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Figure Guidelines   ●   Figure Specifications   ●   Figure Instructions   ●   Table Specifications   ●   FAQ


Frequently Asked Questions: Figures, Tables, and Supporting Information

1. My figure was “failed” by the submission system. What should I do?

2. Why do you accept only EPS and TIFF as graphics file types?

3. Which is a better format for submitting figures - EPS or TIFF?

4. How do I get my figure files under 10MB?

5. How do I fit all my panels into one page?

6. How do I know if my figures will look good?

7. How do I check my image quality upon submission of my manuscript?

8. Why is my figure quality poor?

9. Your table guidelines are so rigid. How can I make my table look like I want?

10. Is the merged PDF the way my article will look when it's published?

11. Where can I find a decent map?

12. Why can I submit lots of different file types as Supporting Information but not as regular figures or tables?

13. I'm still confused / I still have a question. Whom do I ask?




1. My figures were “failed” by the submission system when I uploaded them. What should I do?

It is not unusual to encounter QC system error messages when submitting your figure files. Simply proceed with your submission. Three of these messages can be disregarded: “AQC error,” “Testing in Progress,” and “Alpha channel.” Should your paper be selected for publication, you will be contacted if further work is required.

2. Why do you accept only EPS and TIFF as graphics file types?

To ensure consistent quality and a smooth production workflow, our systems restrict figure file type to TIFF and EPS. See our Figure Instructions for information on how to convert different file formats to TIFF or EPS.

3. Which is a better format for submitting figures - EPS or TIFF?

For most people, TIFF tends to be easier to work with than EPS. EPS often have missing/corrupted fonts, oversized masks, stray points, and boxes, which can result in errors and poor output. With TIFF, if your figure is dense with information or has very small type (especially gene sequences) resolution may be increased to 600dpi. An advantage of EPS is that it is resolution-independent because it is vector-based, so dimension can be increased without loss of resolution.

4. How do I get my figure files under 10MB?

  • Resave TIFF using LZW compression in order to reduce the file size. LZW is loss-less compression and will reduce the file size by about 75%.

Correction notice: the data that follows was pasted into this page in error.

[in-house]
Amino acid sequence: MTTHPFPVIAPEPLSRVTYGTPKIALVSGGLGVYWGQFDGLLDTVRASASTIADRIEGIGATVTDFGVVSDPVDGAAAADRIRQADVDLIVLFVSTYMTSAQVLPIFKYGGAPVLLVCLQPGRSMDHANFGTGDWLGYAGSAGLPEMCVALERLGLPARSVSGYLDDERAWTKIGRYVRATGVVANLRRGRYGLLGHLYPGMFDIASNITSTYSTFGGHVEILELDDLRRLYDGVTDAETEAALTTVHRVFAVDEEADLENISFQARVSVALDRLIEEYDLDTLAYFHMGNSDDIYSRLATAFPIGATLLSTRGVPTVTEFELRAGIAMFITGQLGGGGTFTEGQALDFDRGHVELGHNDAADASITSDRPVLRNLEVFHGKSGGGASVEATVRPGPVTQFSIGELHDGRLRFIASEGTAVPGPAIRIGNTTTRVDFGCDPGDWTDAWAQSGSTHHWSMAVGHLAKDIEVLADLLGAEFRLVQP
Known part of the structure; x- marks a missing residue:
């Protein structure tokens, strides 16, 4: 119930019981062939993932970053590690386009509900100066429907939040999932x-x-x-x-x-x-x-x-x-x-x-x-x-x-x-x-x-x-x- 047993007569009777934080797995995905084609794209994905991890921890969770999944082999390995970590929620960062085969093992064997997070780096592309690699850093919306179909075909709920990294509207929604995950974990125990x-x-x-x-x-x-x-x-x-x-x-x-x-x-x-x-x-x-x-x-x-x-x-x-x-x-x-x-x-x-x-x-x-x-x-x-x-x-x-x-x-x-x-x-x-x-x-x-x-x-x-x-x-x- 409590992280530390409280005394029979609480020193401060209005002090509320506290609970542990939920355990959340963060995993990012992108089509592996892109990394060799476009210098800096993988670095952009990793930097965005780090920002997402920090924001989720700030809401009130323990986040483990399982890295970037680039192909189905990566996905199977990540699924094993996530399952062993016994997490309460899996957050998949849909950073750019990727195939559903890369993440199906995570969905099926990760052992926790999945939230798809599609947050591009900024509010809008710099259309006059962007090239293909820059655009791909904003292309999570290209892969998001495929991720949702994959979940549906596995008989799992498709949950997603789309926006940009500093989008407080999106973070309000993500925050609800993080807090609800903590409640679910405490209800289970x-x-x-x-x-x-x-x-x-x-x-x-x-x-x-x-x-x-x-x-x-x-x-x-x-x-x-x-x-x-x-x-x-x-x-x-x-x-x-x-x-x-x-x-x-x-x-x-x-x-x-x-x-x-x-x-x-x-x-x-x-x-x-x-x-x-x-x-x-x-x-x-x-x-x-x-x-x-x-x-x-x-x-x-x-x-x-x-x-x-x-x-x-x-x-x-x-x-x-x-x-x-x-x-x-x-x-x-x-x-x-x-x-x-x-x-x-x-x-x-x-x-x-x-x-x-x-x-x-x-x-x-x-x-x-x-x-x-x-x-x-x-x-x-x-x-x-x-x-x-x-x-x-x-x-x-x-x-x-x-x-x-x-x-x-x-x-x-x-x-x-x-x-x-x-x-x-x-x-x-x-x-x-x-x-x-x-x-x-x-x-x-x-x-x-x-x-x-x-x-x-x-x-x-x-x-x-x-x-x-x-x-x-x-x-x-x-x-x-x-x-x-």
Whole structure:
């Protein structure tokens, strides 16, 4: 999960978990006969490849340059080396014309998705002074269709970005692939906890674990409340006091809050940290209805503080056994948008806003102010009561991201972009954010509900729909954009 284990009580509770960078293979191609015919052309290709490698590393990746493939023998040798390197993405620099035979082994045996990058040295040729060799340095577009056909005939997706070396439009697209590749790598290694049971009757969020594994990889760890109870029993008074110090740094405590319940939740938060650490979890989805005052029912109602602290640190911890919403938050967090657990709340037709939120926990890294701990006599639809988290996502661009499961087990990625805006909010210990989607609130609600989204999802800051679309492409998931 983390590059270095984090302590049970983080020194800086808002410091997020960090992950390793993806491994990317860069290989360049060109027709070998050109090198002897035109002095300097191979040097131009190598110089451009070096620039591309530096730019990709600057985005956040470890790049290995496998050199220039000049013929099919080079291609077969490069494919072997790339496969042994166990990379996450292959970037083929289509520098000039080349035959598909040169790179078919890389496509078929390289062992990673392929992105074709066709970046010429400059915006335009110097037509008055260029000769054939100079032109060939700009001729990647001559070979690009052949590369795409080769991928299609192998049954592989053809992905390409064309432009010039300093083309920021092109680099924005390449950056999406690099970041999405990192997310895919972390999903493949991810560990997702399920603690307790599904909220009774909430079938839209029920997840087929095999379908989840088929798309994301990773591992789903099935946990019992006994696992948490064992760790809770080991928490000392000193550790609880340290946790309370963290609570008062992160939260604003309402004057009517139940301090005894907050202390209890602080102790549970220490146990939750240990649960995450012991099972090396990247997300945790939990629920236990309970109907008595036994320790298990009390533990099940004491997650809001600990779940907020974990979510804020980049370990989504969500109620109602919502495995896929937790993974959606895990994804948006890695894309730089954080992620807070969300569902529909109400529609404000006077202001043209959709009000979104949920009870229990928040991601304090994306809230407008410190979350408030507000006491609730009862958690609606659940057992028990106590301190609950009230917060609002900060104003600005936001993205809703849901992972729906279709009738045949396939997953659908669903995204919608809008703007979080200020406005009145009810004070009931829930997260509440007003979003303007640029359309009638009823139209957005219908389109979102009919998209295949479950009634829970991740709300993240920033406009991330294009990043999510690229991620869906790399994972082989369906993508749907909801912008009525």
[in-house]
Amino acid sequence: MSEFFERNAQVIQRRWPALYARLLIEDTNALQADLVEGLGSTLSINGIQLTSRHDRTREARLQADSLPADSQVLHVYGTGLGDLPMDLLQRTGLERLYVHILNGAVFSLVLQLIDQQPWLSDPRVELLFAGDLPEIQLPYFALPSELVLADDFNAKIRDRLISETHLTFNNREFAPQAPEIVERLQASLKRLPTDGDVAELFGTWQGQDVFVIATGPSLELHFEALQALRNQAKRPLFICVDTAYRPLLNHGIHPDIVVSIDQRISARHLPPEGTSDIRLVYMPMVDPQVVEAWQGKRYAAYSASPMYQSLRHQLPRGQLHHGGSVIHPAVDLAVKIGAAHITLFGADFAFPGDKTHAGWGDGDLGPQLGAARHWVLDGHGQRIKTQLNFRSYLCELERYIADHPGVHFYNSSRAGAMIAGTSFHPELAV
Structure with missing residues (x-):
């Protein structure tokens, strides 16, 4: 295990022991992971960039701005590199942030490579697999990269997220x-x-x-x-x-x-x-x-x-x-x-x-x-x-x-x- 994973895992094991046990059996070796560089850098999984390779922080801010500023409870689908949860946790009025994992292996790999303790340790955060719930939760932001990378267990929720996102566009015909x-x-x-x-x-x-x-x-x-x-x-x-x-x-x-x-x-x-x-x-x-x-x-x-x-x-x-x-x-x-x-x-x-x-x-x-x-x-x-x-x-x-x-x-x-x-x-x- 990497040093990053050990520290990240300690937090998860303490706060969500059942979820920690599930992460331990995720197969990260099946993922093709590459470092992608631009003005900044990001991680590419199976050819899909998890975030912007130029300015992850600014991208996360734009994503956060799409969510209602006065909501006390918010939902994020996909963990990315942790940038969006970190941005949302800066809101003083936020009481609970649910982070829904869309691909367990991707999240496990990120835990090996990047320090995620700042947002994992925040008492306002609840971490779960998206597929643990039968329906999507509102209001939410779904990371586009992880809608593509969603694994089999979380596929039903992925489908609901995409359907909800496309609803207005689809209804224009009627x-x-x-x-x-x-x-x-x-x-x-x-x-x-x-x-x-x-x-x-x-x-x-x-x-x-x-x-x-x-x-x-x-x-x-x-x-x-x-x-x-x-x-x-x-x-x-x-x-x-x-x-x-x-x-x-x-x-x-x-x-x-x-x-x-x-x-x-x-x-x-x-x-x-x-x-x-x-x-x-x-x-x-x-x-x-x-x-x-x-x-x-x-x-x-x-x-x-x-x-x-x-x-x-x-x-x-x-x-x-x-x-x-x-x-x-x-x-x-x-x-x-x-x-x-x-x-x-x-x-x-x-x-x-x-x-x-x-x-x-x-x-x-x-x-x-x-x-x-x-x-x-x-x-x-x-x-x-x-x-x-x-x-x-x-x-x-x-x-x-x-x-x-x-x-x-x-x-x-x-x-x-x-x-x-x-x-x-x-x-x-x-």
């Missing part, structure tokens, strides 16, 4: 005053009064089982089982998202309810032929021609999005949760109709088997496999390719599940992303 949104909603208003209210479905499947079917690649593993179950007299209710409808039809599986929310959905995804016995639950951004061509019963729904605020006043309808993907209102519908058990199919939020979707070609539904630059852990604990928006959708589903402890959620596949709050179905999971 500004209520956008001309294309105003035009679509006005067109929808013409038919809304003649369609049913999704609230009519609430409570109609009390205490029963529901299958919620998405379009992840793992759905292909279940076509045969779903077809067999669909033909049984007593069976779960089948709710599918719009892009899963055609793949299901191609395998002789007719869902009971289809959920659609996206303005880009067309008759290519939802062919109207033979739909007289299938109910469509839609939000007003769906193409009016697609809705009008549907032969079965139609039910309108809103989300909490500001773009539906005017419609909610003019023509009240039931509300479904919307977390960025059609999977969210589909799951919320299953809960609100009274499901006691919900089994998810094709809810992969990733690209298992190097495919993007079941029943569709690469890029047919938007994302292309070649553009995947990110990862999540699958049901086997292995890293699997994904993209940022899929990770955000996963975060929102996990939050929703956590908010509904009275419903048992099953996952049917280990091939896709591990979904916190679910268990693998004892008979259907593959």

• Keep TIFF resolution between 300 ppi and 600 ppi. A 1200 ppi file is 16 times the file size of a 300 ppi file, but the resolution will not measurably improve quality.
  • Flatten TIFFs. TIFFs made from PDFs are layered, even though they contain a single layer called “Layer 1”. A flattened TIFF has a single layer called “background” and has a smaller file size than the TIFF with “Layer 1”
  • If your EPS file is over 10 MB, convert it to a high-resolution TIFF and save it flattened and with LZW compression. See our instructions for converting EPS to PDF, then to TIFF.

5. How do I fit all my panels into one page?

See our instructions for combining figures.

6. How do I know if my figures will look good?

What you see on your computer monitor is not always an accurate reflection of the figure's published quality. Screen resolution is 72 ppi, which is less than 1/4 of the standard print resolution (300 ppi) and renders badly in the PDF version. A better gauge of image quality is to print out the figures.

7. How do I check my image quality upon submission of my manuscript?

PLOS has produced a short video that will walk you through the steps to check your image quality.

8. Why is my figure quality poor?

  • If the resolution of the figures in your merged PDF is sufficient for peer review, please continue with the rest of the submission process; you will be able to address quality concerns just before acceptance.
  • The quality of your figures is only as good as the lowest-resolution element placed in them. So, if you created a 72 ppi line graph and placed it in a 300 ppi TIFF, the graph will look blurred, jagged, or pixilated anyway.
  • When viewing your merged PDF file, figure resolution may look lower than it actually is, because it will have been downsized to reduce the size of the merged PDF. This merged file does not represent the quality of the final published article.

9. Your table guidelines are so rigid. How can I make my table look like I want?

Our guidelines are intended to help authors create clear tables that will not encounter conversion problems at layout. If the table has a very complex structure or contains inserted graphics, the safest solution is to make it into a figure: export the table as a TIFF and re-label it as a figure for submission.

10. Is the merged PDF the way my article will look when it's published?

No. The figure preview and merged PDFs generated on your manuscript page are low resolution and are intended for review only. Their quality and layout do not represent what will be published.

11. Where can I find a decent map?

Do not use Google, Mapquest, or other copyrighted maps. Many maps from SEDAC are under open access licensing. All USGS maps are in the public domain. World of Maps contain links to public domain maps. Important: a map that is free to download may be restricted in other ways. Please check usage rights.

12. Why can I submit lots of different file types as Supporting Information but not as regular figures or tables?

Supporting Information files are not published within the article; instead, the article contains a section called Supporting Information, which lists captions for the files and links to them from the online version of the article. The files are hosted on servers that can handle a variety of file types.

13. I'm still confused / I still have a question about figures, tables, or Supporting Information. Whom do I ask?

Email us at figures[at]plos.org.